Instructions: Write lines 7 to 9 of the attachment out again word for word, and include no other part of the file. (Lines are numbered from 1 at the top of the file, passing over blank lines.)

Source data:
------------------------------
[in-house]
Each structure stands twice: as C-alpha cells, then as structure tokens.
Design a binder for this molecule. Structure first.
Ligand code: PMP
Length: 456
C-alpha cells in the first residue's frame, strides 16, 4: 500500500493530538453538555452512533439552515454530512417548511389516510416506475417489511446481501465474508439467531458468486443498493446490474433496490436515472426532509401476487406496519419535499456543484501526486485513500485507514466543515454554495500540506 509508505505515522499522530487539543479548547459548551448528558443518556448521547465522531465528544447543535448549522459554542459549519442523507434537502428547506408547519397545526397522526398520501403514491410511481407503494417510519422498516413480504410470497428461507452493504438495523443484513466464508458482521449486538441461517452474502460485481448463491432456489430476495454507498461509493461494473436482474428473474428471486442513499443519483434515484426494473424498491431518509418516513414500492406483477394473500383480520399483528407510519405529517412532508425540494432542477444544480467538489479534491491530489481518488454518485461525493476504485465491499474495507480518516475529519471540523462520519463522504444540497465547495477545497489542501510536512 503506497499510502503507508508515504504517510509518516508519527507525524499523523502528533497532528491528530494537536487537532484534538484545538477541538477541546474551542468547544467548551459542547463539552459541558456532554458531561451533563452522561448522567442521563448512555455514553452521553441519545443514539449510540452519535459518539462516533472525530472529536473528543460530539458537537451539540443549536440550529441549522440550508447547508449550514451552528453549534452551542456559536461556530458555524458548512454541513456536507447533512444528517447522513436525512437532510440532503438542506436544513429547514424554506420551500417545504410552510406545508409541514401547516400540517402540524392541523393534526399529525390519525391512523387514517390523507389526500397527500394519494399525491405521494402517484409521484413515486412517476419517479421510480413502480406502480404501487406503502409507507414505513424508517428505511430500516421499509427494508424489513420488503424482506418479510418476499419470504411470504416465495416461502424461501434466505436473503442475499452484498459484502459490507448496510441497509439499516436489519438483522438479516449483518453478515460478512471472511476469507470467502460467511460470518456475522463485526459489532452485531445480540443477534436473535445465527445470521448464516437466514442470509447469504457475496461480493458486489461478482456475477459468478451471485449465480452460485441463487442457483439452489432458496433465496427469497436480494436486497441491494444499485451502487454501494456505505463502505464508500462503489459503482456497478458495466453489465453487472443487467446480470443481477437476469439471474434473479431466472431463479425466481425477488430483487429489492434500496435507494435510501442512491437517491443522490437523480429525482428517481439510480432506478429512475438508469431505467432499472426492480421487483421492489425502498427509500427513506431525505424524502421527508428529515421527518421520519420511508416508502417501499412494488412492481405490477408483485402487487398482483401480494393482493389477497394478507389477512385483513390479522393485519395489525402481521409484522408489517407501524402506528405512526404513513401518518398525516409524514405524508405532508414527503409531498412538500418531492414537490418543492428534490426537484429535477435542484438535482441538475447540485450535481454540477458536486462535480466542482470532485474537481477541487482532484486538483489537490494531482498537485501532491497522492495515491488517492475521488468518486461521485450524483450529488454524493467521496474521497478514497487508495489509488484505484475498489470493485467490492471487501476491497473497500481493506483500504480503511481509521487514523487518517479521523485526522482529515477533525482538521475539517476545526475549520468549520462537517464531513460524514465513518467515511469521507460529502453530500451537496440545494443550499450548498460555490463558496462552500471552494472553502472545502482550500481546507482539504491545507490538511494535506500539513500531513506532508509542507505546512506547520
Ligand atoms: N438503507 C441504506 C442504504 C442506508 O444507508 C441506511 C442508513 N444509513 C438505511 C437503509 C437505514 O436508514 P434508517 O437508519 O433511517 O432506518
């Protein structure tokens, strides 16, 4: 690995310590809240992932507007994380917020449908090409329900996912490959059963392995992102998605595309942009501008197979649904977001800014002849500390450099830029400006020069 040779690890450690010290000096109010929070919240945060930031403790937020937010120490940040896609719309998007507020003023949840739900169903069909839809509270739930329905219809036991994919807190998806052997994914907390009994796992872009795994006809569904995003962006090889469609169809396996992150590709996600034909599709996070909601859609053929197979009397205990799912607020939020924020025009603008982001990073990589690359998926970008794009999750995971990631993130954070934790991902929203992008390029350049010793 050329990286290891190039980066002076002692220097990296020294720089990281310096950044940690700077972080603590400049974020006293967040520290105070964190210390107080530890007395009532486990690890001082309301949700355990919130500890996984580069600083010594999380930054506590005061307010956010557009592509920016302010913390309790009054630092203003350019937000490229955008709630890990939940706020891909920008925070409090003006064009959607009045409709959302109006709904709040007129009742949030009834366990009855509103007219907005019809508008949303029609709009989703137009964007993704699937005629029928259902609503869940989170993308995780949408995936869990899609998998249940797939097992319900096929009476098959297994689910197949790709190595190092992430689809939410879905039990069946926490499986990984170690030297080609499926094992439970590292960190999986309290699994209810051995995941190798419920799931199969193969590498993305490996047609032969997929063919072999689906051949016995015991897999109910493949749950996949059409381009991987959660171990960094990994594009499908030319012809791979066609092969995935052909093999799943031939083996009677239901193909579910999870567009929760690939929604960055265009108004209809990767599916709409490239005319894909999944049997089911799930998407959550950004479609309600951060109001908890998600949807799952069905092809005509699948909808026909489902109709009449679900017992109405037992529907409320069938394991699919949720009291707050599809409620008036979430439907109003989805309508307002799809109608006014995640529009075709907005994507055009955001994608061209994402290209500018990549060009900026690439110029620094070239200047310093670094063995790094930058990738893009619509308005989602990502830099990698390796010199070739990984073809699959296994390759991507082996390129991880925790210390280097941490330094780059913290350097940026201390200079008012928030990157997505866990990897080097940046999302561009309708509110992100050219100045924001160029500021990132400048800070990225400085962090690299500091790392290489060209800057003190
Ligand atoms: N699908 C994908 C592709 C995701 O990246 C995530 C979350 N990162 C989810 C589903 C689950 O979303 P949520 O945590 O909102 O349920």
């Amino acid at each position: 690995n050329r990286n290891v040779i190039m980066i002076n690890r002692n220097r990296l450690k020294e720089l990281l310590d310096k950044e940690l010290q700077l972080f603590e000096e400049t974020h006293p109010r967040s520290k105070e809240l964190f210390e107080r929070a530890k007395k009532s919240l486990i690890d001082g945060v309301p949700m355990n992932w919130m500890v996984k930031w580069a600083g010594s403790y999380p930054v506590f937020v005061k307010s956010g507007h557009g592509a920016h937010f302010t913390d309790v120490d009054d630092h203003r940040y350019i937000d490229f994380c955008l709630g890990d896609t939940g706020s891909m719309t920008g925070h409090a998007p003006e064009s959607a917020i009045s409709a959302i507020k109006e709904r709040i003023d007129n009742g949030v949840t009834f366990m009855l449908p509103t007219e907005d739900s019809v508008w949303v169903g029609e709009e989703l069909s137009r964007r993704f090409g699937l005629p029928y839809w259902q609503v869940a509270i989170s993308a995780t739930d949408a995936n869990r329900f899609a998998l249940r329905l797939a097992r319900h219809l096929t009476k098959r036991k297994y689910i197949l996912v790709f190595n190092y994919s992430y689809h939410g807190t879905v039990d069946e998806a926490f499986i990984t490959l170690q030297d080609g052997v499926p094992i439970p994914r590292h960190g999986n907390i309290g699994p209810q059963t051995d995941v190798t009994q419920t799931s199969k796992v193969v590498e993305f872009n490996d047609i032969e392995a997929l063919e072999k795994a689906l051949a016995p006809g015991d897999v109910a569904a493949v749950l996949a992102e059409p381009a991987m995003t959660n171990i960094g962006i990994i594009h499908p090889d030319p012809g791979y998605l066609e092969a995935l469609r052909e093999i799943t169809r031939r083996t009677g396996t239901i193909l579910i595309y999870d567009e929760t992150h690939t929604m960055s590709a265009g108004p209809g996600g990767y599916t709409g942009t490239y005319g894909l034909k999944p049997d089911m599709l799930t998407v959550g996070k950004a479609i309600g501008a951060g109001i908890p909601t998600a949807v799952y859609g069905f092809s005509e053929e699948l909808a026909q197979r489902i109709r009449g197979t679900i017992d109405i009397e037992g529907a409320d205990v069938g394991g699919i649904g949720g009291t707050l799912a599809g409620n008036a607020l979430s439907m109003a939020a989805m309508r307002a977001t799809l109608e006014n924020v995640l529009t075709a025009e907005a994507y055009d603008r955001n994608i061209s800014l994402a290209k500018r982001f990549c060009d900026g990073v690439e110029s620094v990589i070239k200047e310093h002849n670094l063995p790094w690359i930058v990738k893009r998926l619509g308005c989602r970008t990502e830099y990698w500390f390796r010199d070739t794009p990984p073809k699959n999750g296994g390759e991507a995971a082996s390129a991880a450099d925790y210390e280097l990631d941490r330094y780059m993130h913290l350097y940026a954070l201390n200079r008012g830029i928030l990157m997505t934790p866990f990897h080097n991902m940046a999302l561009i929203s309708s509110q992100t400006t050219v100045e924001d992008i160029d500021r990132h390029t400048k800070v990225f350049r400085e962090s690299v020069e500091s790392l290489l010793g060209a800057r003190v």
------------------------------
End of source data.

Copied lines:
Ligand atoms: N438503507 C441504506 C442504504 C442506508 O444507508 C441506511 C442508513 N444509513 C438505511 C437503509 C437505514 O436508514 P434508517 O437508519 O433511517 O432506518
């Protein structure tokens, strides 16, 4: 690995310590809240992932507007994380917020449908090409329900996912490959059963392995992102998605595309942009501008197979649904977001800014002849500390450099830029400006020069 040779690890450690010290000096109010929070919240945060930031403790937020937010120490940040896609719309998007507020003023949840739900169903069909839809509270739930329905219809036991994919807190998806052997994914907390009994796992872009795994006809569904995003962006090889469609169809396996992150590709996600034909599709996070909601859609053929197979009397205990799912607020939020924020025009603008982001990073990589690359998926970008794009999750995971990631993130954070934790991902929203992008390029350049010793 050329990286290891190039980066002076002692220097990296020294720089990281310096950044940690700077972080603590400049974020006293967040520290105070964190210390107080530890007395009532486990690890001082309301949700355990919130500890996984580069600083010594999380930054506590005061307010956010557009592509920016302010913390309790009054630092203003350019937000490229955008709630890990939940706020891909920008925070409090003006064009959607009045409709959302109006709904709040007129009742949030009834366990009855509103007219907005019809508008949303029609709009989703137009964007993704699937005629029928259902609503869940989170993308995780949408995936869990899609998998249940797939097992319900096929009476098959297994689910197949790709190595190092992430689809939410879905039990069946926490499986990984170690030297080609499926094992439970590292960190999986309290699994209810051995995941190798419920799931199969193969590498993305490996047609032969997929063919072999689906051949016995015991897999109910493949749950996949059409381009991987959660171990960094990994594009499908030319012809791979066609092969995935052909093999799943031939083996009677239901193909579910999870567009929760690939929604960055265009108004209809990767599916709409490239005319894909999944049997089911799930998407959550950004479609309600951060109001908890998600949807799952069905092809005509699948909808026909489902109709009449679900017992109405037992529907409320069938394991699919949720009291707050599809409620008036979430439907109003989805309508307002799809109608006014995640529009075709907005994507055009955001994608061209994402290209500018990549060009900026690439110029620094070239200047310093670094063995790094930058990738893009619509308005989602990502830099990698390796010199070739990984073809699959296994390759991507082996390129991880925790210390280097941490330094780059913290350097940026201390200079008012928030990157997505866990990897080097940046999302561009309708509110992100050219100045924001160029500021990132400048800070990225400085962090690299500091790392290489060209800057003190
Ligand atoms: N699908 C994908 C592709 C995701 O990246 C995530 C979350 N990162 C989810 C589903 C689950 O979303 P949520 O945590 O909102 O349920």